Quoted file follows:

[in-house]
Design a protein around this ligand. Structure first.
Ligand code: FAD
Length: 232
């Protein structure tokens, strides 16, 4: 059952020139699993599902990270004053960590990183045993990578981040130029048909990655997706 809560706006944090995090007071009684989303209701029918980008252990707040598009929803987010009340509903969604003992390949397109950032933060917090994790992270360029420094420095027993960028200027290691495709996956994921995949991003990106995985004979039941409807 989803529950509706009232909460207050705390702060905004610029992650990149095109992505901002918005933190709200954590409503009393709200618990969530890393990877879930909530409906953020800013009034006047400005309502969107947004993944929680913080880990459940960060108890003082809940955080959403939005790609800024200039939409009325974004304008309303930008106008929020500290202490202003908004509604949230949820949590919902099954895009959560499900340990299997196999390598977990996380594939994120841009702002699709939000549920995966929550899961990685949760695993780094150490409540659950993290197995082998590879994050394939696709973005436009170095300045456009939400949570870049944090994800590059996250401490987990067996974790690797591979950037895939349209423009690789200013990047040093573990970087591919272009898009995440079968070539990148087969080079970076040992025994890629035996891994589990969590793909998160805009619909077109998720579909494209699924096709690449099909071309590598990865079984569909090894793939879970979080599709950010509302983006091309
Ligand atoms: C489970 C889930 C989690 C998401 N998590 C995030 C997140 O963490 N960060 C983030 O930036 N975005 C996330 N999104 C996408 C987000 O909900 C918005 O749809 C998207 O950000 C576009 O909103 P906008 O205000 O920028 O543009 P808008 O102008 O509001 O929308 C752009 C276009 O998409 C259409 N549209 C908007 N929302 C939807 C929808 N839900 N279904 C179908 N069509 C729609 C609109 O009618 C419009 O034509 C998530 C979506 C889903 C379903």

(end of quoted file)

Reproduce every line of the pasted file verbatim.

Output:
[in-house]
Design a protein around this ligand. Structure first.
Ligand code: FAD
Length: 232
């Protein structure tokens, strides 16, 4: 059952020139699993599902990270004053960590990183045993990578981040130029048909990655997706 809560706006944090995090007071009684989303209701029918980008252990707040598009929803987010009340509903969604003992390949397109950032933060917090994790992270360029420094420095027993960028200027290691495709996956994921995949991003990106995985004979039941409807 989803529950509706009232909460207050705390702060905004610029992650990149095109992505901002918005933190709200954590409503009393709200618990969530890393990877879930909530409906953020800013009034006047400005309502969107947004993944929680913080880990459940960060108890003082809940955080959403939005790609800024200039939409009325974004304008309303930008106008929020500290202490202003908004509604949230949820949590919902099954895009959560499900340990299997196999390598977990996380594939994120841009702002699709939000549920995966929550899961990685949760695993780094150490409540659950993290197995082998590879994050394939696709973005436009170095300045456009939400949570870049944090994800590059996250401490987990067996974790690797591979950037895939349209423009690789200013990047040093573990970087591919272009898009995440079968070539990148087969080079970076040992025994890629035996891994589990969590793909998160805009619909077109998720579909494209699924096709690449099909071309590598990865079984569909090894793939879970979080599709950010509302983006091309
Ligand atoms: C489970 C889930 C989690 C998401 N998590 C995030 C997140 O963490 N960060 C983030 O930036 N975005 C996330 N999104 C996408 C987000 O909900 C918005 O749809 C998207 O950000 C576009 O909103 P906008 O205000 O920028 O543009 P808008 O102008 O509001 O929308 C752009 C276009 O998409 C259409 N549209 C908007 N929302 C939807 C929808 N839900 N279904 C179908 N069509 C729609 C609109 O009618 C419009 O034509 C998530 C979506 C889903 C379903």